A Choice More People Will Make

Brad believes the pandemic is a game changer for the Finger Lakes Region. “The world is really rethinking work — where we work, how we work, and whom we work with. That’s changing big time with my clients. I see it every day. I think that’s going to be huge for the Finger Lakes. There’s more upside than I originally thought three or four years ago.”

He says people are reevaluating their life and how they spend their time on the planet. They don’t want to be commuting three hours a day. “Here you can work on a lake and have access to wonderful talks, lectures and cultural activities. I mean, think about that. It’s incredible. I don’t think there’s been a better time to be here and do creative things.”

His own career has been focused on both creativity and high performance. He founded and grew, a web-based pharmaceutical supply chain start-up. He prepared the company for a management-led buyout with a private investor in early 2006 by working with his team to acquire, retain, and grow customer relationships with twenty-five Fortune 500 companies. “We had people making better decisions in terms of what products to stock in retail pharmacy. It was really great creating something that didn’t exist before and was helpful to people.”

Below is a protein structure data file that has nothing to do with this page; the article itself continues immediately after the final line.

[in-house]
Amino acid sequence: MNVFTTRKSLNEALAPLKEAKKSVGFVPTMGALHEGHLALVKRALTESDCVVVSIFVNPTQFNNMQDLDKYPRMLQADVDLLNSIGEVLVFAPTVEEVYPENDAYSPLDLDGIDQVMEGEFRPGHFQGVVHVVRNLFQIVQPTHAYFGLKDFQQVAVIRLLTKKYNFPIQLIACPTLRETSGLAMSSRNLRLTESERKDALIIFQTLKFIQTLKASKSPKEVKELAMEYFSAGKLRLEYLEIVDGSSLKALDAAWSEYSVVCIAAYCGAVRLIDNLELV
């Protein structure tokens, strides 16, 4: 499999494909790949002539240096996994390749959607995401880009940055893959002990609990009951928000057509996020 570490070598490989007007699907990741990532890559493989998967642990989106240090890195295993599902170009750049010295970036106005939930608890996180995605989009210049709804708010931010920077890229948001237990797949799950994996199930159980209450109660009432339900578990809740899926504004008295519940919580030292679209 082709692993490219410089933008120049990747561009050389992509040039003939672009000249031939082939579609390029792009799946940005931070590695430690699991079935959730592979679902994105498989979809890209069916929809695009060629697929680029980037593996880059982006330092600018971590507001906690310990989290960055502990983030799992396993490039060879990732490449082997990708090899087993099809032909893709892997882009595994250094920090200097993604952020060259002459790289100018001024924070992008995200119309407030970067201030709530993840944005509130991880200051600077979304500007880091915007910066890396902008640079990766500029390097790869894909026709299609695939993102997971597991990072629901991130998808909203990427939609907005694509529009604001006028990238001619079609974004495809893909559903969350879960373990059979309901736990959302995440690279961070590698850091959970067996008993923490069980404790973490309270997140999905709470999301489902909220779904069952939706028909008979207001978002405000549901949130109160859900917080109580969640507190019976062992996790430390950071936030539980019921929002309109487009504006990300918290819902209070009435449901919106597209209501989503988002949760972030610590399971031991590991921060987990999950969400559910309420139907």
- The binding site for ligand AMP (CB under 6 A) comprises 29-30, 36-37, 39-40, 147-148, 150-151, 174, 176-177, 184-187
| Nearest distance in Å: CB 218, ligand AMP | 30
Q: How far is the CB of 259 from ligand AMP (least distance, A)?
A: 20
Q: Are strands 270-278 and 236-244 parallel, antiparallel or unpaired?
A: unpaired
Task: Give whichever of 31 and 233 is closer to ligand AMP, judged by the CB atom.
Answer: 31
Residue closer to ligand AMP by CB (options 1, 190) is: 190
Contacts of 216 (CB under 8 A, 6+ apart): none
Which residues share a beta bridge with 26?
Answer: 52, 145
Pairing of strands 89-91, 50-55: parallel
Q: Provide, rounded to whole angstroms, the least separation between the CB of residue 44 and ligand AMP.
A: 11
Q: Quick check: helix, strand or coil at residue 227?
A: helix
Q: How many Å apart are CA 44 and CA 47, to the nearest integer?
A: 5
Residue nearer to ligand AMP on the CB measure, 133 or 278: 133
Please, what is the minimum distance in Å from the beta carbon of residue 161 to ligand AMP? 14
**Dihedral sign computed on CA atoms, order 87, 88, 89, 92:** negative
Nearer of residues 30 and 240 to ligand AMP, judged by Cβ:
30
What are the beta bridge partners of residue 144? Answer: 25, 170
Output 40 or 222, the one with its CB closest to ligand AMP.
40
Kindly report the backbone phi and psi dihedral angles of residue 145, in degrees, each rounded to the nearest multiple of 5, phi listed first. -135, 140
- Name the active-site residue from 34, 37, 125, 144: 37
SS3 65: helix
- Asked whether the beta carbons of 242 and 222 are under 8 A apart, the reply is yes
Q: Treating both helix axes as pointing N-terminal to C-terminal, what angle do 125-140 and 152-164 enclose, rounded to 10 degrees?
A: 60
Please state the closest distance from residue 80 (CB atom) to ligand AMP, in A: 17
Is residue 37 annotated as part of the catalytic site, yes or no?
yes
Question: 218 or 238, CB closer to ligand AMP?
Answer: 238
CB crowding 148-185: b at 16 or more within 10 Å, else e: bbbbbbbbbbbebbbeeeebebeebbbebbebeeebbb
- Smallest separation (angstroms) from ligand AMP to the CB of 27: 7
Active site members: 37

He took those skills and applied them to coaching teams and individuals. For example, he founded the National Athletic and Professional Success Academy (NAPSA) to help former professional athletes transition from their athletic career. His focus has been on NFL players and college athletes.

“I work to reveal the hidden competencies these athletes have that are highly valuable in the business world. These are skills and knowledge that go beyond the character traits of resilience and competitiveness. It’s things like pattern recognition, situational awareness, and scenario planning. They have those skills but need to see how they apply to business. It’s really rewarding.”

His public service includes serving on the White House Staff of President George H.W. Bush and as a policy adviser in President Bush’s 1988 Presidential campaign. Additionally, he led the presidential transition teams for the National Aeronautics and Space Administration (NASA), The White House Office of Science and Technology Policy, and the National Science Foundation.